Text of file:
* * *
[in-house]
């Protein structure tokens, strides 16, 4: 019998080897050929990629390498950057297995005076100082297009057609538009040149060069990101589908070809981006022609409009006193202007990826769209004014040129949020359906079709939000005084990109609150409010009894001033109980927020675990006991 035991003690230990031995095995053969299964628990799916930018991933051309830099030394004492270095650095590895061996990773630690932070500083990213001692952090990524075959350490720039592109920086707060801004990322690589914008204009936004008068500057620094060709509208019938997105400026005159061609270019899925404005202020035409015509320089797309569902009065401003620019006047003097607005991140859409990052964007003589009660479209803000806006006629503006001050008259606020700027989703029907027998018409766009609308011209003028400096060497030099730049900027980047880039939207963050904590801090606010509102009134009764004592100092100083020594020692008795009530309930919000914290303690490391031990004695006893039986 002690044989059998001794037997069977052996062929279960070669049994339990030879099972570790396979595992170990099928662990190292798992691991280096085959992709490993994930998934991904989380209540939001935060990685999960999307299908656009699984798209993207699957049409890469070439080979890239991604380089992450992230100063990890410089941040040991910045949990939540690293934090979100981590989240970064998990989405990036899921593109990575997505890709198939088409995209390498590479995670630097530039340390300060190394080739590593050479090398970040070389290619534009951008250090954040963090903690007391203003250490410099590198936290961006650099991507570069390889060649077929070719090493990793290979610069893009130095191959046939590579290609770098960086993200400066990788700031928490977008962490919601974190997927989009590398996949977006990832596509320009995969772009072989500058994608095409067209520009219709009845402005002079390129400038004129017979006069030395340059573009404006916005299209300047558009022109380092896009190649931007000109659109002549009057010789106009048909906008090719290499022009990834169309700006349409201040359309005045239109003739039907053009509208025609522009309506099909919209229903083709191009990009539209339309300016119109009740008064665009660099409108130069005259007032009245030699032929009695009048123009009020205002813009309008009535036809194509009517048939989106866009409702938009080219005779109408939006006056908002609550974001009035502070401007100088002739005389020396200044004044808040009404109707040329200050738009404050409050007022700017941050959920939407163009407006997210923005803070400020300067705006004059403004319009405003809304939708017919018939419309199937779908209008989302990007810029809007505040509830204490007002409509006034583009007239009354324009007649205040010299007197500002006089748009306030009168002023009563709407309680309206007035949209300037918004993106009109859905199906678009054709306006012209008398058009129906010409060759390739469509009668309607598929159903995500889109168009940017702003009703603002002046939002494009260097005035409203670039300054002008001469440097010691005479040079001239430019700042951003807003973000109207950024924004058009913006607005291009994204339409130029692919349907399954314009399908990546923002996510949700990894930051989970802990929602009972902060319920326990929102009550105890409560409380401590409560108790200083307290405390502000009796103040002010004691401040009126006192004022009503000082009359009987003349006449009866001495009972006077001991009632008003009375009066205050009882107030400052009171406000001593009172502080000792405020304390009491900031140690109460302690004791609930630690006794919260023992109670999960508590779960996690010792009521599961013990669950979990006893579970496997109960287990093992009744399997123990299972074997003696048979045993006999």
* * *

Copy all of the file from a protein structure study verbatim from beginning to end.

[in-house]
């Protein structure tokens, strides 16, 4: 019998080897050929990629390498950057297995005076100082297009057609538009040149060069990101589908070809981006022609409009006193202007990826769209004014040129949020359906079709939000005084990109609150409010009894001033109980927020675990006991 035991003690230990031995095995053969299964628990799916930018991933051309830099030394004492270095650095590895061996990773630690932070500083990213001692952090990524075959350490720039592109920086707060801004990322690589914008204009936004008068500057620094060709509208019938997105400026005159061609270019899925404005202020035409015509320089797309569902009065401003620019006047003097607005991140859409990052964007003589009660479209803000806006006629503006001050008259606020700027989703029907027998018409766009609308011209003028400096060497030099730049900027980047880039939207963050904590801090606010509102009134009764004592100092100083020594020692008795009530309930919000914290303690490391031990004695006893039986 002690044989059998001794037997069977052996062929279960070669049994339990030879099972570790396979595992170990099928662990190292798992691991280096085959992709490993994930998934991904989380209540939001935060990685999960999307299908656009699984798209993207699957049409890469070439080979890239991604380089992450992230100063990890410089941040040991910045949990939540690293934090979100981590989240970064998990989405990036899921593109990575997505890709198939088409995209390498590479995670630097530039340390300060190394080739590593050479090398970040070389290619534009951008250090954040963090903690007391203003250490410099590198936290961006650099991507570069390889060649077929070719090493990793290979610069893009130095191959046939590579290609770098960086993200400066990788700031928490977008962490919601974190997927989009590398996949977006990832596509320009995969772009072989500058994608095409067209520009219709009845402005002079390129400038004129017979006069030395340059573009404006916005299209300047558009022109380092896009190649931007000109659109002549009057010789106009048909906008090719290499022009990834169309700006349409201040359309005045239109003739039907053009509208025609522009309506099909919209229903083709191009990009539209339309300016119109009740008064665009660099409108130069005259007032009245030699032929009695009048123009009020205002813009309008009535036809194509009517048939989106866009409702938009080219005779109408939006006056908002609550974001009035502070401007100088002739005389020396200044004044808040009404109707040329200050738009404050409050007022700017941050959920939407163009407006997210923005803070400020300067705006004059403004319009405003809304939708017919018939419309199937779908209008989302990007810029809007505040509830204490007002409509006034583009007239009354324009007649205040010299007197500002006089748009306030009168002023009563709407309680309206007035949209300037918004993106009109859905199906678009054709306006012209008398058009129906010409060759390739469509009668309607598929159903995500889109168009940017702003009703603002002046939002494009260097005035409203670039300054002008001469440097010691005479040079001239430019700042951003807003973000109207950024924004058009913006607005291009994204339409130029692919349907399954314009399908990546923002996510949700990894930051989970802990929602009972902060319920326990929102009550105890409560409380401590409560108790200083307290405390502000009796103040002010004691401040009126006192004022009503000082009359009987003349006449009866001495009972006077001991009632008003009375009066205050009882107030400052009171406000001593009172502080000792405020304390009491900031140690109460302690004791609930630690006794919260023992109670999960508590779960996690010792009521599961013990669950979990006893579970496997109960287990093992009744399997123990299972074997003696048979045993006999």